Seismic lines are cleared corridors for the location mapping of subsurface bitumen. After use, the lines can be left to regenerate naturally with varying success. Wildfires, another prominent disturbance in the Boreal region, are propagated by continuous fuel distribution (coarse/fine), meteorological variables (e.g., wind speed, temperature, and precipitation), and the moisture content of the fuel and soil. However, little is known about seismic lines and the potential risk and severity of wildfires. This work presents a case study of wildfire variables on two paired (seismic line and adjacent natural area) sites near Fort McMurray, Alberta, Canada. Wind speed was increased on seismic lines, and the dominant wind direction changed. Higher precipitation, air temperature, and soil moisture and reduced water table depths were observed on seismic lines. Coarse fuel distribution was not continuous on seismic lines; however, fine fuels were. Although the Fire Weather Index (FWI) indicated an enhanced wildfire potential on one line (NS orientation), peat smouldering and ignition models (Hcomb/Hign) showed increased smouldering potential on both seismic lines compared to adjacent natural areas. Future work should focus on expanding the diversity of seismic line characterization, working towards the landscape-scale modelling of these variables.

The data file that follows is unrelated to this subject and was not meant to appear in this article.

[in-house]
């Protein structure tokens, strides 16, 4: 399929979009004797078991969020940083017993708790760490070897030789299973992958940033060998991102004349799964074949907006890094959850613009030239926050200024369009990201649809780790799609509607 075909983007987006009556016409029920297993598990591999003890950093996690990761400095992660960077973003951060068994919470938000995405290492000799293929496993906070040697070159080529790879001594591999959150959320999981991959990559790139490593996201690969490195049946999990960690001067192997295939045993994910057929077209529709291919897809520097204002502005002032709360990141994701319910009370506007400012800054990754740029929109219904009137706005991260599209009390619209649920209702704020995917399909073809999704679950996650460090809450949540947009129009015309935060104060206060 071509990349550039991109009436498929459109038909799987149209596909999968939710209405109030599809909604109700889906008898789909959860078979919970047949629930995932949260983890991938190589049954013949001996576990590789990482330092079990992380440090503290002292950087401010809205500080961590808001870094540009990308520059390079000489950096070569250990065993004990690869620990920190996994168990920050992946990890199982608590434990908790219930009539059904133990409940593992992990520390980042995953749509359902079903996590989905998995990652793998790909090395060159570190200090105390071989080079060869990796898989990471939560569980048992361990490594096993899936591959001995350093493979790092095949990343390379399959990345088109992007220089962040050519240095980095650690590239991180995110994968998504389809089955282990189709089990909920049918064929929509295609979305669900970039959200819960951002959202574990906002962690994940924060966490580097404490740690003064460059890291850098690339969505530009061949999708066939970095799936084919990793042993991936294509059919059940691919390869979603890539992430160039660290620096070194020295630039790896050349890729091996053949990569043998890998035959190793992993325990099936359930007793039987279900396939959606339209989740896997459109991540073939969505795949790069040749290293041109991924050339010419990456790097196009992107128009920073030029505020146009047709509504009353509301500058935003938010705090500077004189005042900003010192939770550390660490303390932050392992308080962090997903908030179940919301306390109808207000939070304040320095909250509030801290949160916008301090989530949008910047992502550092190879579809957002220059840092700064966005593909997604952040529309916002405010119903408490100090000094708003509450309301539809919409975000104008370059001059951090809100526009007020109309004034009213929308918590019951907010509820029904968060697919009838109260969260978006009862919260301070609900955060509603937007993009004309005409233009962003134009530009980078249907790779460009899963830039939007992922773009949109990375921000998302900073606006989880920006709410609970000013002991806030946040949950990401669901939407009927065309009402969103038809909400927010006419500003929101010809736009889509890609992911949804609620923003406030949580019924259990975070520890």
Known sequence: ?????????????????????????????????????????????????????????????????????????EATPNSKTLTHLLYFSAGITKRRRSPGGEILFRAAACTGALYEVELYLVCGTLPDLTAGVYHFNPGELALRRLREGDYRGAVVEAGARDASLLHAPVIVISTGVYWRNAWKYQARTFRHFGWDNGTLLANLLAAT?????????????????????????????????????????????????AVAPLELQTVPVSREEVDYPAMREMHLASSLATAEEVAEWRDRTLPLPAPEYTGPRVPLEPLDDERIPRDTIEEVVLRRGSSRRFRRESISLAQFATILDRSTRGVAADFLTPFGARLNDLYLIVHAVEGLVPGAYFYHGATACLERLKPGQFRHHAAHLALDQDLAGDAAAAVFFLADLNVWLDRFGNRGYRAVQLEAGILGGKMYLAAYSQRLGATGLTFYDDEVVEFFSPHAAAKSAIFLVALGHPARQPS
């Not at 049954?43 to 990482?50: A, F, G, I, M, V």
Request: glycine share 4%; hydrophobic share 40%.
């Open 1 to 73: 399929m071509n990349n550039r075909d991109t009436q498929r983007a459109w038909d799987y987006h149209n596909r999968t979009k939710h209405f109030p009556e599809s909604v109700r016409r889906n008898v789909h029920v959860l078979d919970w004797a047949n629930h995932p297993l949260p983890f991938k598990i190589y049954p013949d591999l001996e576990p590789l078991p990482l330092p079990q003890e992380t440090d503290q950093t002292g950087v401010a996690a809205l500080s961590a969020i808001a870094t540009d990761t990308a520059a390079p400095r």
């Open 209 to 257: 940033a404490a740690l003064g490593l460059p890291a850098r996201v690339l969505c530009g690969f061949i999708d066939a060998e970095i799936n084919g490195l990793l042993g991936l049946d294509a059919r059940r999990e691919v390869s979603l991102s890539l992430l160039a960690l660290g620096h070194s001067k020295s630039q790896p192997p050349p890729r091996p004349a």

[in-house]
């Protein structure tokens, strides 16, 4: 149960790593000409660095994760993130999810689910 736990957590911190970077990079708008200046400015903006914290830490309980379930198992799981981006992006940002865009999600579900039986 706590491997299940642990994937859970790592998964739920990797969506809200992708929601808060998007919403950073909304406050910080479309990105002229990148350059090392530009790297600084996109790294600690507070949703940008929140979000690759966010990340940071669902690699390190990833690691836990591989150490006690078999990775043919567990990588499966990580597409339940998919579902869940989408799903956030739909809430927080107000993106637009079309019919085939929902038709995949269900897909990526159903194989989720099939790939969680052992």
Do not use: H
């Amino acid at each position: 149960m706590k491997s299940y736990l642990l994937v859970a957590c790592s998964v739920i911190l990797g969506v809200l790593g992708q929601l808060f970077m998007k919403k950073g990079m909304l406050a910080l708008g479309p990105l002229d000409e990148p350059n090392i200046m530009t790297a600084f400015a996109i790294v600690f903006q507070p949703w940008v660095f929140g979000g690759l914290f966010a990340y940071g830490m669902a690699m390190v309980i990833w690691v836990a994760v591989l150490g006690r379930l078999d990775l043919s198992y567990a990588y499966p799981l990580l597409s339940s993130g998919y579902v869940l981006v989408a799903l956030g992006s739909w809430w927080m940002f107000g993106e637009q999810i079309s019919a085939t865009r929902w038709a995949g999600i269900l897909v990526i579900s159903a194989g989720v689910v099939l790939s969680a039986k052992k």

|Publication status||Published - Aug. 2023|
- fire weather index
- seismic lines
- soil properties